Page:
Hi Bren, I am sorry but there are some mistakes in the whole story …. looks like everybody can open an account but that’s not true. I live in European union but country is not in Euro Zone so N26 does not offer services to us. I contacted N26 support tying to open account…. I don’t know how you can have their account because New Zealand is not on the list ….
” We offer our accounts throughout Europe: in Germany, Austria, Ireland, France, Spain, Italy, the Netherlands, Belgium, Portugal, Finland, Luxembourg, Slovenia, Estonia, Greece, Slovakia, the UK, Poland, Sweden, Denmark, Norway, Liechtenstein and Iceland.”
this is not whole Europe …. I’m little bit disappointed because i also wanted to open
You just need access to an address in those countries so they can send you the card. I used to live in Germany, so that’s how.
A question if I may ask. I am a South African who works for a Chinese owned company in the Philippines. They have offered to pay me from Hong Kong if I have an account there on all travel expenses used in Hong Kong. Is our office in Hong Kong able to pay my travels etc into the N26 account? Which ideally will save me all the exchange costs. Otherwise, then the HKD is converted to Pesos and then I am paid in pesos on all travel expenses. Then when I go abroad I exchange again to HKD….Just a waste. If they can pay directly into one account without losing so much exchange, and I don’t need to convert it again etc etc. So N26 becomes the travel card and the company can just credit me back in that card from Hong Kong and I just spend back there. As you Know opening an account in Hong Kong without a residency ID is the most painful experience.
If they can pay you to an IBAN then yes you can use N26. Otherwise you’ll need to open an HK bank account.
Hi Bren, your page came up to me in no time as I do feel quite desperate here, as just a few minutes ago I made a debit order from my Angolan Standard Bank account which did go through as I intended to fund my recently opened N26 account for which I used my Sister Netherland address in other to receive the card from, but now as I logged in my N26 account app, while trying to find out how long would the fund take until it reflected upon my account, via Chat, l was told that it only supported incoming transfers from the SEPE region, now I feel confused as what I am suppose to do though I haven’t alarmed my bank yet as N26 hadn’t replied to my email yet, but if you have any info on the matter, please do advise me on what to do friend, I mean, wether the swift/IBAN transfer would bounce out or not. Please do remember that the Swift Transfer were made from my Bank in Angola onto my N26 Account, in Euro currency.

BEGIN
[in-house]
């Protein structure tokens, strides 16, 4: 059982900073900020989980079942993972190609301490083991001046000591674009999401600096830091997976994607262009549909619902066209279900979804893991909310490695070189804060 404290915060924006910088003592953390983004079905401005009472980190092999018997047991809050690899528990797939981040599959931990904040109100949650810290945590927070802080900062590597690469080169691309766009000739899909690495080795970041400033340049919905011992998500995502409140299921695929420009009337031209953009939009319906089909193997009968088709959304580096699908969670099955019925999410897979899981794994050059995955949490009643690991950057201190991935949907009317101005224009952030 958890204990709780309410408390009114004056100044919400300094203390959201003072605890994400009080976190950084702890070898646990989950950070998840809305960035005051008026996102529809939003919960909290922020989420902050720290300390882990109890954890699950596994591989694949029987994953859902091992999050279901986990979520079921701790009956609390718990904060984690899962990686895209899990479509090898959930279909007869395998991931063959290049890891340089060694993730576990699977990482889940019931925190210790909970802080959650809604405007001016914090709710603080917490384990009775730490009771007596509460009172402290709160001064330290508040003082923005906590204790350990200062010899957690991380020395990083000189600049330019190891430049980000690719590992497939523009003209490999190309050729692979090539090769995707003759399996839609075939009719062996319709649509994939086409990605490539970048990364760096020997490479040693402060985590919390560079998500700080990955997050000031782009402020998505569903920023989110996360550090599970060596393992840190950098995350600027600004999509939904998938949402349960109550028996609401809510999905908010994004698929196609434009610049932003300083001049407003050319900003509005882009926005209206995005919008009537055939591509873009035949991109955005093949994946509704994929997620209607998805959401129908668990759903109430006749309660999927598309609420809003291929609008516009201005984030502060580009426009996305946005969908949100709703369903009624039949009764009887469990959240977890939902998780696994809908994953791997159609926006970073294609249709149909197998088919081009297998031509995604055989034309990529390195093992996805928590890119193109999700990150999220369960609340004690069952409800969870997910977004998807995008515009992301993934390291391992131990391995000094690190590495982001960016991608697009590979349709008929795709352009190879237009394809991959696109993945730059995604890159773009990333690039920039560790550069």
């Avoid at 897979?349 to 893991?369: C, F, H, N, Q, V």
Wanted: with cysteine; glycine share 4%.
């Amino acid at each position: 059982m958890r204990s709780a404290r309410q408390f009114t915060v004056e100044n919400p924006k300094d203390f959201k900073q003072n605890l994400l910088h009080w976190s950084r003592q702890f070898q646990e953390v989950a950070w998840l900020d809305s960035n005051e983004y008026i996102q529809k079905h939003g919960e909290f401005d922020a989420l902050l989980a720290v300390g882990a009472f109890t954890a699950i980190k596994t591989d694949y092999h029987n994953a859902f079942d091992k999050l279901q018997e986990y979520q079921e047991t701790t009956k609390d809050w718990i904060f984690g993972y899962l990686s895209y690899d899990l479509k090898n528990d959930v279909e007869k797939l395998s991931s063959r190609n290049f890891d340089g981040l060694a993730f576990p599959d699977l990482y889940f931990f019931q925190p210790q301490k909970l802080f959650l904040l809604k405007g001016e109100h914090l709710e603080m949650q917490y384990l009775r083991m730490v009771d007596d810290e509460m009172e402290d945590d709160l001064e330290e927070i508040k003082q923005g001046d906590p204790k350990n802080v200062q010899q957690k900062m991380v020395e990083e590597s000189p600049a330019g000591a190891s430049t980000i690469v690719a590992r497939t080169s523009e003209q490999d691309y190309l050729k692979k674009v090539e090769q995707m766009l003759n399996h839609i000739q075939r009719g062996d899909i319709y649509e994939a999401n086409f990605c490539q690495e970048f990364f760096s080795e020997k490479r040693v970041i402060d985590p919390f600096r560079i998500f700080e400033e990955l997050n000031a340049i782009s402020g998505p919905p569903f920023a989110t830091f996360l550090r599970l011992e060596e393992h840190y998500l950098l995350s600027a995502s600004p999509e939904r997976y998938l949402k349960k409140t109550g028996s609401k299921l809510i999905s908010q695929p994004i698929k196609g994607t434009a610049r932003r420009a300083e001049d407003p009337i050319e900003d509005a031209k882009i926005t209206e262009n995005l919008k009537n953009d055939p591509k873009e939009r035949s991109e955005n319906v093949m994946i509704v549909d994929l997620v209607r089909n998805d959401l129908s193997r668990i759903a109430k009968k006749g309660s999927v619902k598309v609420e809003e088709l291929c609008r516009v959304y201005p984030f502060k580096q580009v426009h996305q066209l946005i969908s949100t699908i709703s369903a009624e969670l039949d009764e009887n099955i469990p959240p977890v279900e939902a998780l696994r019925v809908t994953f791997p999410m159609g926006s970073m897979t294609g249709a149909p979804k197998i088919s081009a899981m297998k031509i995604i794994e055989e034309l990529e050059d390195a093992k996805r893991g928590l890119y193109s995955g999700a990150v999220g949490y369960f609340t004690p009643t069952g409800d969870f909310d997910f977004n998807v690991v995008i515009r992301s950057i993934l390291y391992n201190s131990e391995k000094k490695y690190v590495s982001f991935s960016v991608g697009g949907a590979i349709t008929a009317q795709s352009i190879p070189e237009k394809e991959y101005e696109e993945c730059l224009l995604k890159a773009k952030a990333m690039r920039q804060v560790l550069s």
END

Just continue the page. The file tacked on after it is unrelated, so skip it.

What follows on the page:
Do you reccomend getting the Black? We are doing 3 months shortly in Europe 🙂
Naw I just have the free one and it’s already a million miles ahead of any NZ bank.
Hi Bren. Our family of 4 from NZ is travelling for 12 months in 2020 – about 6 months Asia, 4 months Europe and the remainder in the Middle East and Sri Lanka. Would it be worth upgrading to the black since a lot of our trip will be outside Europe? Thanks!
It depends – you still get 5 free withdrawals per month which for me is more than enough. And even after that it’s only 2 euros per withdrawal after that. So you’ll need to be doing more than 10 withdrawals per months (one every 3 days) for Black to be worth it. I’d probably just stick with free.
Thanks for the reply Bren and for all the awesome information on your site! With the N26 – does it pair with your smartphone or with your phone number? I’ll take my iPhone with us on our trip but was going to buy SIM cards for data in each country as and when needed. Would that force me to unlink and re-connect my new number each time? Can I not access and view my transactions on my laptop? Obviously in Europe I can stay on one sim but we are doing about 10 countries through Asia first. Or hopefully you know of some amazing product that will allow me to use my phone anywhere without changing sims… TIA.
It connects to your phone number, but you only need your phone number to set up the app. After that you just log in with your password or fingerprint. But it’s a good idea to travel with your NZ sim. In most countries Vodafone NZ works and you can receive texts, which is all you need.
I’ve tried to join N26 and get this response:
While N26 is currently available in 24 countries across Europe, we’re not available in your country yet. We’ll be happy to let you know if this changes.
We appreciate your interest in N26!
Your N26 Team”
Currently in NZ, but I have a French address and live 5 months a year in France. What am I doing wrong? Thanks.
When they ask where you live you should put France.
I love my N26 card especially when I travel to countries outside the Eurozone. With 0% foreign exchange mark up I couldn’t be happier. Also, when my wallet got stolen and the card was inside they were able to waive their 6euro fee to reship.
Been using N26 (free) for a couple of years and it’s great. Use it for all our European and Asian holidays. Fees are much cheaper than what ASB charges.
Love your site!!!